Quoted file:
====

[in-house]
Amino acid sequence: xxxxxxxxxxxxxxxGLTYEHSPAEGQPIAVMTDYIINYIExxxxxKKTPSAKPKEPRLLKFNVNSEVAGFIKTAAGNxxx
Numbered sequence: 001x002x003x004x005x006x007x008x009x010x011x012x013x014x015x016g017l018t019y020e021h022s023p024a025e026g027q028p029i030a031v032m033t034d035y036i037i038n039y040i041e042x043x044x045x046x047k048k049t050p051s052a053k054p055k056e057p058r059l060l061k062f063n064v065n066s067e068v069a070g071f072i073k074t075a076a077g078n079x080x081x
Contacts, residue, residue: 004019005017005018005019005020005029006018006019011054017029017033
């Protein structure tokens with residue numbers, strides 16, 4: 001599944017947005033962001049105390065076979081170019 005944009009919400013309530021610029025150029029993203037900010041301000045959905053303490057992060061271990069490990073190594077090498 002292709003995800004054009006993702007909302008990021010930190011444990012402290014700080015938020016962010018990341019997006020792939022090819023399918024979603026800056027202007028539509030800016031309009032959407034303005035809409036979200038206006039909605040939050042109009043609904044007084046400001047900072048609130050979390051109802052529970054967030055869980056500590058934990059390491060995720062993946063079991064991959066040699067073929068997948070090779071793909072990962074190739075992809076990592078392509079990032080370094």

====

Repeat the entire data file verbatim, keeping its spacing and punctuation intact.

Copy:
[in-house]
Amino acid sequence: xxxxxxxxxxxxxxxGLTYEHSPAEGQPIAVMTDYIINYIExxxxxKKTPSAKPKEPRLLKFNVNSEVAGFIKTAAGNxxx
Numbered sequence: 001x002x003x004x005x006x007x008x009x010x011x012x013x014x015x016g017l018t019y020e021h022s023p024a025e026g027q028p029i030a031v032m033t034d035y036i037i038n039y040i041e042x043x044x045x046x047k048k049t050p051s052a053k054p055k056e057p058r059l060l061k062f063n064v065n066s067e068v069a070g071f072i073k074t075a076a077g078n079x080x081x
Contacts, residue, residue: 004019005017005018005019005020005029006018006019011054017029017033
């Protein structure tokens with residue numbers, strides 16, 4: 001599944017947005033962001049105390065076979081170019 005944009009919400013309530021610029025150029029993203037900010041301000045959905053303490057992060061271990069490990073190594077090498 002292709003995800004054009006993702007909302008990021010930190011444990012402290014700080015938020016962010018990341019997006020792939022090819023399918024979603026800056027202007028539509030800016031309009032959407034303005035809409036979200038206006039909605040939050042109009043609904044007084046400001047900072048609130050979390051109802052529970054967030055869980056500590058934990059390491060995720062993946063079991064991959066040699067073929068997948070090779071793909072990962074190739075992809076990592078392509079990032080370094």